Heartymyn History, Family Crest & Coats of Arms
The name Heartymyn comes from a name for a person with a tough character or perhaps for a person who would be strenuous and complete in their endeavors. The name is derived from the Old English words heard, which meant hard, and mann, which meant man. In keeping with this meaning, Hardiman was the first practical powered exoskeleton, by General Electric in 1965. There is another explanation for the origin of the name; it could be occupational, and be derived from the Old English heord, which meant herd, and could refer to the occupation of cowherd or shepherd. The records of the name found in Lancashire seem to follow this form. This makes this name a good example of an English polygenetic name; that is, a name with more than one origin taken on by unrelated groups of people. And yet another source claims the name was a nickname for "a man of courage and bravery." 
Early Origins of the Heartymyn family
The surname Heartymyn was first found in Yorkshire where by far the most early records of the name was found. In this case, the "surname is derived from an occupation as in 'the servant of Hardy'."  The Yorkshire Poll Tax Rolls of 1379 list the following: Henricus Hardyman; Radulfus Hardyman and Ricardus Hardyman. "Every town in Yorkshire has one or two Hardmans in its directory, which is the settled modern form." 
Early History of the Heartymyn family
This web page shows only a small excerpt of our Heartymyn research. Another 47 words (3 lines of text) covering the years 1563, 1575 and 1772 are included under the topic Early Heartymyn History in all our PDF Extended History products and printed products wherever possible.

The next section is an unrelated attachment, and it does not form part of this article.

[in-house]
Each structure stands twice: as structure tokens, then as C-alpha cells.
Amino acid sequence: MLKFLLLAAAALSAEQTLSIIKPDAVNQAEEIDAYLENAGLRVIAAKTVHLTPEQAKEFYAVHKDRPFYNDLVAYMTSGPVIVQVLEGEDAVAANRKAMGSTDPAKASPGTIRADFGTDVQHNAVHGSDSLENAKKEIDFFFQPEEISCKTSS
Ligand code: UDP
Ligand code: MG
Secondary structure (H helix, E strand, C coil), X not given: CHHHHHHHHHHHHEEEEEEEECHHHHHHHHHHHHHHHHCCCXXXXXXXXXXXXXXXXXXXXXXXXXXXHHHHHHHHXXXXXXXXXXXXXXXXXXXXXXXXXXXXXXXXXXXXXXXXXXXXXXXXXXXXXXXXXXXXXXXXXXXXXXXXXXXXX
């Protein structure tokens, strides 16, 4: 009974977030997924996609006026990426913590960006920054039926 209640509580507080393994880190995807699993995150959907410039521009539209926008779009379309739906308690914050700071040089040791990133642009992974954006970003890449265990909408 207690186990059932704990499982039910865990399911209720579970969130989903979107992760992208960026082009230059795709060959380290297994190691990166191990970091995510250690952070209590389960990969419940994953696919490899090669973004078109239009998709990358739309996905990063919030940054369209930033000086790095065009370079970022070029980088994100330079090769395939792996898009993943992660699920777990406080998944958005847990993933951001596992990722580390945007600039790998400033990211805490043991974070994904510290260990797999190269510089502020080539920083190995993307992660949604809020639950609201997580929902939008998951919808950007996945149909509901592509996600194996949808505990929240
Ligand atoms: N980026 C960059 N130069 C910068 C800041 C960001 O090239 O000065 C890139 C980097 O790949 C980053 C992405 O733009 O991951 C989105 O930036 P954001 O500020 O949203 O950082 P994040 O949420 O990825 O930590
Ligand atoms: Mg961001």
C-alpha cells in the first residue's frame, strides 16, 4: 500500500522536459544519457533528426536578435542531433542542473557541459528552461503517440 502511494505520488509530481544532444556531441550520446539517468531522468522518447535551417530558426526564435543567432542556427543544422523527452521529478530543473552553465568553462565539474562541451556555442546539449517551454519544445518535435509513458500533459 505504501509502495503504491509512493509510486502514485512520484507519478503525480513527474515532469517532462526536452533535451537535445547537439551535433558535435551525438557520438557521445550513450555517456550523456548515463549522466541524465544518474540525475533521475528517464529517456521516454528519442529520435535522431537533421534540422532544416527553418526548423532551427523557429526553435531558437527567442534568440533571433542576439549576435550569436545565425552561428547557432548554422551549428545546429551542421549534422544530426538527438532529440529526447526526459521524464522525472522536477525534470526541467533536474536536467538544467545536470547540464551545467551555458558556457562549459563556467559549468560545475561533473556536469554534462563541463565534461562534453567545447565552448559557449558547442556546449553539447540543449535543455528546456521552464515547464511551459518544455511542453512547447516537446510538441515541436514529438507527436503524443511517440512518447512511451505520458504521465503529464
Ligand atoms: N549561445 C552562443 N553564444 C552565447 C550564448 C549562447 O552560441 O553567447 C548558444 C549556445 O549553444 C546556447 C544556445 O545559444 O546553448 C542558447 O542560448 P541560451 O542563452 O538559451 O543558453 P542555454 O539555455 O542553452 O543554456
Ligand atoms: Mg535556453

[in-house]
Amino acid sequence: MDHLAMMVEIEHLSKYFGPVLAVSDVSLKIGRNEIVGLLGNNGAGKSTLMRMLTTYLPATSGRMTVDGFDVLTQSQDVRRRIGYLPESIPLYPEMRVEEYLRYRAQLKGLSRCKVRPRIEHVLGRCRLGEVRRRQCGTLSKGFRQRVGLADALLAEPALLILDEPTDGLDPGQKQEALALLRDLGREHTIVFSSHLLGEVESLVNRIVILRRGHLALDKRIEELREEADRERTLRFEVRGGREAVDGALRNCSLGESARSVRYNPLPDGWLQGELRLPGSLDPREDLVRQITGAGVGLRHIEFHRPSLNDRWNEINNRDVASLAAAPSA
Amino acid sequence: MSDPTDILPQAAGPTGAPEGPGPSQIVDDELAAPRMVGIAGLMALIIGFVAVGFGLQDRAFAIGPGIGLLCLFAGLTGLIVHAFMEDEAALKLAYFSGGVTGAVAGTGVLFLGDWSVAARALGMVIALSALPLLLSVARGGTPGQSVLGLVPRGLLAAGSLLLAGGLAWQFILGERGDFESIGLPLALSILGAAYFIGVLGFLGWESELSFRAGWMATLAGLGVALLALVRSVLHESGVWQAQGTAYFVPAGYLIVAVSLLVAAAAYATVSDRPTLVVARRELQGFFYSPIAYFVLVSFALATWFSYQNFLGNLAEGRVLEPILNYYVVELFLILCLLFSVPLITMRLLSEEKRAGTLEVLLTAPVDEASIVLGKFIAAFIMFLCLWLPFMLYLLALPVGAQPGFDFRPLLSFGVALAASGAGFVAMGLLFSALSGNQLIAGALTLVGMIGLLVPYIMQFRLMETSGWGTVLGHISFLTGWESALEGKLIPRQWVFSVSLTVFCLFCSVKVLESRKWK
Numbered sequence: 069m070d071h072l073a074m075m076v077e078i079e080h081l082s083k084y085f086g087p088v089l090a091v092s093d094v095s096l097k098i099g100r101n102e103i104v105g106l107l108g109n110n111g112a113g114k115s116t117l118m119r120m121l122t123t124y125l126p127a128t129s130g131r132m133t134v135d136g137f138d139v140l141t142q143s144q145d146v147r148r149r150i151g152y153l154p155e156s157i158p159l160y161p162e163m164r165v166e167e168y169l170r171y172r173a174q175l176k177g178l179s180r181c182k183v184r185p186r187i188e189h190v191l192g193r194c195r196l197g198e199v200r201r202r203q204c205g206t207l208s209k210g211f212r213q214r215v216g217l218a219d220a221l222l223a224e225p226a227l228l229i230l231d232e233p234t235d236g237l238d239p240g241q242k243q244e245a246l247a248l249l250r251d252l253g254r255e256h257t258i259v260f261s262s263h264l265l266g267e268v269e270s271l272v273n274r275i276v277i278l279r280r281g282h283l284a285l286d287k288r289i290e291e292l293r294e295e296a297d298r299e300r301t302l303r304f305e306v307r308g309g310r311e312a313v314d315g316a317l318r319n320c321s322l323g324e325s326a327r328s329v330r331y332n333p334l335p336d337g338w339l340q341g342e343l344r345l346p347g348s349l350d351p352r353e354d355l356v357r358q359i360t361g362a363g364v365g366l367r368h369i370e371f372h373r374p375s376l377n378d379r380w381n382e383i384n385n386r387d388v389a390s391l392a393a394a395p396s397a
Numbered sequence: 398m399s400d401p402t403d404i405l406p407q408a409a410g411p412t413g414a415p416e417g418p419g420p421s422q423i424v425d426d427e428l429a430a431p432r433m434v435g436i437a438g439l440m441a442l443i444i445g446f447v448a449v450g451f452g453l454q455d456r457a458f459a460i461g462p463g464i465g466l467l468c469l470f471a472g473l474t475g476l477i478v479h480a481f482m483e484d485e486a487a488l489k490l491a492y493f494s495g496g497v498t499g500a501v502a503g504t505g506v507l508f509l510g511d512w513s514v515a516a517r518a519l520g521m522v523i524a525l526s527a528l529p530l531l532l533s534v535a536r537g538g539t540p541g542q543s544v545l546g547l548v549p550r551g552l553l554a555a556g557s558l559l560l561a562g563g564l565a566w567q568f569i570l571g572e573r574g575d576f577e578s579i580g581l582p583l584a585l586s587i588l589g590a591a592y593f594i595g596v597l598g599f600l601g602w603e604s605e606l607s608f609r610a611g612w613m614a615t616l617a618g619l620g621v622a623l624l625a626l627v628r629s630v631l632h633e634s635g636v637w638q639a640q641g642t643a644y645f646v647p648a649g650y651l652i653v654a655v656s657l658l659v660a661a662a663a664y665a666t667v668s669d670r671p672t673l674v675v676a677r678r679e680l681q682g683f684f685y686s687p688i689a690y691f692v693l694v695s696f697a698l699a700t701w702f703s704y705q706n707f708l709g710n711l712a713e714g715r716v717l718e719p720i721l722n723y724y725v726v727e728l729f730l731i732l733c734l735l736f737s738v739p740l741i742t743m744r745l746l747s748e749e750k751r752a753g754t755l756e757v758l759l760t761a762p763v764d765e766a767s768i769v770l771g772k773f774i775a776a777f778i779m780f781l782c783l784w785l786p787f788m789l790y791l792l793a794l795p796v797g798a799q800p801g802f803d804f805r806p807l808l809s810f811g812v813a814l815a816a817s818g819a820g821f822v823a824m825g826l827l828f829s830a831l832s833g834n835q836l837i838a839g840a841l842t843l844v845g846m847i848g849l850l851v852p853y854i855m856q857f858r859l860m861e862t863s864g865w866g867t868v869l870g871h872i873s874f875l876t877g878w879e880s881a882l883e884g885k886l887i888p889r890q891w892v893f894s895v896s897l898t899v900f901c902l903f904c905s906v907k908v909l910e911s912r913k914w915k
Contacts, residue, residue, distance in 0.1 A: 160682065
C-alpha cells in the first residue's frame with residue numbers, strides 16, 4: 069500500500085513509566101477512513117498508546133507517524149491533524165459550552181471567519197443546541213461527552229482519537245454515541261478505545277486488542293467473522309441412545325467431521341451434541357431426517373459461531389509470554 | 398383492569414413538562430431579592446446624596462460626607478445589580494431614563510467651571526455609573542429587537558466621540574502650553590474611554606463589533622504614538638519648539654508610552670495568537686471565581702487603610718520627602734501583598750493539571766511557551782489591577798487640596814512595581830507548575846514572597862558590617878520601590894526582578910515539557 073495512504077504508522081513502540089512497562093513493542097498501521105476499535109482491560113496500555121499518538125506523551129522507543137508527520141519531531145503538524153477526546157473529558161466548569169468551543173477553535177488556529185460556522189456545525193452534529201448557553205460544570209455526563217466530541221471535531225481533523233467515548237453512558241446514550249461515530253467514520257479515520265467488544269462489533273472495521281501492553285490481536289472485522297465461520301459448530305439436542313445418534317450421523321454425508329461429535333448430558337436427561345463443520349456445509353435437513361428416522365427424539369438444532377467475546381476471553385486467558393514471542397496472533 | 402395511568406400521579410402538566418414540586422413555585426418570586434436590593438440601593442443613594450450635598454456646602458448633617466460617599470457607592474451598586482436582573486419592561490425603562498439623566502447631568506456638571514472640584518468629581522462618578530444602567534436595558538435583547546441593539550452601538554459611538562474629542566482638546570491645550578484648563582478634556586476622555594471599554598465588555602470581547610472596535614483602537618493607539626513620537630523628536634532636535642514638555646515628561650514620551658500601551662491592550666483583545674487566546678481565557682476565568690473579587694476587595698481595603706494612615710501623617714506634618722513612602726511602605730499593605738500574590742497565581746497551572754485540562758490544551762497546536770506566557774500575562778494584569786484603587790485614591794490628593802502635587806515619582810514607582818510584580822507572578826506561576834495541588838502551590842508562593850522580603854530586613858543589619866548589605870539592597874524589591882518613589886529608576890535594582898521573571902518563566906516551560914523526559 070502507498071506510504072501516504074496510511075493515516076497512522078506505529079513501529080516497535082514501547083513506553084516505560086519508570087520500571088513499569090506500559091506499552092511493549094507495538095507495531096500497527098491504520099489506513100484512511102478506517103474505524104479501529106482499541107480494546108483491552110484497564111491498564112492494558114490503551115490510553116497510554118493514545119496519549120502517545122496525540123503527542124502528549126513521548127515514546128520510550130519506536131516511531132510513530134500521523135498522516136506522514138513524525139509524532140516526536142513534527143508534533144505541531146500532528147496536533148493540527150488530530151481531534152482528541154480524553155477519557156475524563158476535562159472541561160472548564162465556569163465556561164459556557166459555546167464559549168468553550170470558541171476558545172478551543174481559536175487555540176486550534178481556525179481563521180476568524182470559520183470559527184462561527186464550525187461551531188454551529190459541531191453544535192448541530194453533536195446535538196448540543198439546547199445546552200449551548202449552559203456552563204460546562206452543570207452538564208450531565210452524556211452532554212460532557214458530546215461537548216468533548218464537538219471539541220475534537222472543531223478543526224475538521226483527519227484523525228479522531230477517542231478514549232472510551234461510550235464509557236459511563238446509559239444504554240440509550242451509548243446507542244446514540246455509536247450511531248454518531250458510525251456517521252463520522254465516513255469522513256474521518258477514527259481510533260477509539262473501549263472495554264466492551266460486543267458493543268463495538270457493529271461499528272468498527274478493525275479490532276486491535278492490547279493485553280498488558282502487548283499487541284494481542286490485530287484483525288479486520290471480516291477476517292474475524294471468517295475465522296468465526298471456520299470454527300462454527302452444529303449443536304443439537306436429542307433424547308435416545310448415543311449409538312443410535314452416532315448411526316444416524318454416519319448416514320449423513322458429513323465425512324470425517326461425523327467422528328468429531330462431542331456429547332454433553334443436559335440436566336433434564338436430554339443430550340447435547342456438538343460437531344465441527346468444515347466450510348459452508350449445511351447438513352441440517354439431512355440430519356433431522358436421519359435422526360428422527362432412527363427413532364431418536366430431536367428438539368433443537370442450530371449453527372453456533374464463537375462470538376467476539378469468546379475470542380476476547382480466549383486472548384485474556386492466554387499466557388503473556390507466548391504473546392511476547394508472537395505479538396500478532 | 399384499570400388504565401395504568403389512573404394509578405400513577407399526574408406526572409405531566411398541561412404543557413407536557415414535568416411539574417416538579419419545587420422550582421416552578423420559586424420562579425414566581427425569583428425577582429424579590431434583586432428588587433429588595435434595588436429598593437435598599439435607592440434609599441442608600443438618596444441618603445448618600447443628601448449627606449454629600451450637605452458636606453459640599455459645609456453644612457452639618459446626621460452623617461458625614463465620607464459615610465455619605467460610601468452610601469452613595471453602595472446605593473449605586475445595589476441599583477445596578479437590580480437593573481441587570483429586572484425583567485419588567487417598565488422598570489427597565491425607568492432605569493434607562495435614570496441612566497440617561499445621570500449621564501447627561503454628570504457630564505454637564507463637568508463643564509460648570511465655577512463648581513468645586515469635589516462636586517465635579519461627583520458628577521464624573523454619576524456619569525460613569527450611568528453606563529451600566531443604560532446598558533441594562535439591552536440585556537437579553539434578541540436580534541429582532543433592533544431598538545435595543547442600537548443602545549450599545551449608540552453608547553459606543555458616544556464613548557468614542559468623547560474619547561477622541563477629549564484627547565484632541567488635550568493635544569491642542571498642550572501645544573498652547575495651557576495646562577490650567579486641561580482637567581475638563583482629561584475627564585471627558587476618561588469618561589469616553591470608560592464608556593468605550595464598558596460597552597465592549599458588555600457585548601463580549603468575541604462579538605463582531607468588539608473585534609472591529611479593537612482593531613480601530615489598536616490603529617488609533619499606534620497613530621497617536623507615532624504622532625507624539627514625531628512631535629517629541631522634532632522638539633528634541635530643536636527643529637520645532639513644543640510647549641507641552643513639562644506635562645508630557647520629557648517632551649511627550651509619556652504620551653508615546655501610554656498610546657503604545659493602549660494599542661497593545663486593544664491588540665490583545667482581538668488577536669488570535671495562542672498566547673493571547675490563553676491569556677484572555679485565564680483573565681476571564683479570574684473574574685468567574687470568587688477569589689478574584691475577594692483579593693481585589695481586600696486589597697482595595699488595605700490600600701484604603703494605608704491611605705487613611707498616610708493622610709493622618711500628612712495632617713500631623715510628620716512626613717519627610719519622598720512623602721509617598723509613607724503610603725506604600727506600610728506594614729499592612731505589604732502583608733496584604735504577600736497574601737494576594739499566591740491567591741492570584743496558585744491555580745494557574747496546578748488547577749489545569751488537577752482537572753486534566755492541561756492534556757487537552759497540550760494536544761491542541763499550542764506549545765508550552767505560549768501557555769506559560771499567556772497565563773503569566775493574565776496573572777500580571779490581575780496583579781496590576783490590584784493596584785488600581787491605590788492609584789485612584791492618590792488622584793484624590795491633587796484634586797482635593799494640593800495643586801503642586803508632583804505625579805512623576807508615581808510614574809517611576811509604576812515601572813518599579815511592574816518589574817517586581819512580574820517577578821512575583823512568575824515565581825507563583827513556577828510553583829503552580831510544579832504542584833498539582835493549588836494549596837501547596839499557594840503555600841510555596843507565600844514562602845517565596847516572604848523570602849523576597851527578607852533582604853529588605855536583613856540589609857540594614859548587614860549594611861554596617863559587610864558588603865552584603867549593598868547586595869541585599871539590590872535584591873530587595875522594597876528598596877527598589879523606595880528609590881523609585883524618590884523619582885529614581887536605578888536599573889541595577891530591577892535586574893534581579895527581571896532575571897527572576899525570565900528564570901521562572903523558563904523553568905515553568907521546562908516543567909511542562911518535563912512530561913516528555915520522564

Heartymyn Spelling Variations
Until quite recently, the English language has lacked a definite system of spelling rules. Consequently, Anglo-Saxon surnames are characterized by a multitude of spelling variations. Changes in Anglo-Saxon names were influenced by the evolution of the English language, as it incorporated elements of French, Latin, and other languages. Although Medieval scribes and church officials recorded names as they sounded, so it is common to find one person referred to by several different spellings of his surname, even the most literate people varied the spelling of their own names. Variations of the name Heartymyn include Hardman, Hardeman, Hardyment, Hardymen, Hardiman and others.
Early Notables of the Heartymyn family (pre 1700)
Another 49 words (4 lines of text) are included under the topic Early Heartymyn Notables in all our PDF Extended History products and printed products wherever possible.
Migration of the Heartymyn family to Ireland
Some of the Heartymyn family moved to Ireland, but this topic is not covered in this excerpt. More information about their life in Ireland is included in all our PDF Extended History products and printed products wherever possible.
Migration of the Heartymyn family
Searching for a better life, many English families migrated to British colonies. Unfortunately, the majority of them traveled under extremely harsh conditions: overcrowding on the ships caused the majority of the immigrants to arrive diseased, famished, and destitute from the long journey across the ocean. For those families that arrived safely, modest prosperity was attainable, and many went on to make invaluable contributions to the development of the cultures of the new colonies. Research into the origins of individual families in North America revealed records of the immigration of a number of people bearing the name Heartymyn or a variant listed above: John Hardeman, who settled in Barbados in 1685; Edward Hardman arrived in Pennsylvania in 1698; Phillip Hardman arrived in Pennsylvania in 1772; Edward, John, Michael, Richard, Thomas and William Hardman all arrived in Philadelphia between 1820 and 1840..
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- ^ Lowe, Mark Anthony, Patronymica Britannica, A Dictionary of Family Names of the United Kingdom. London: John Russel Smith, 1860. Print.
- ^ Bardsley, C.W, A Dictionary of English and Welsh Surnames: With Special American Instances. Wiltshire: Heraldry Today, 1901. Print. (ISBN 0-900455-44-6)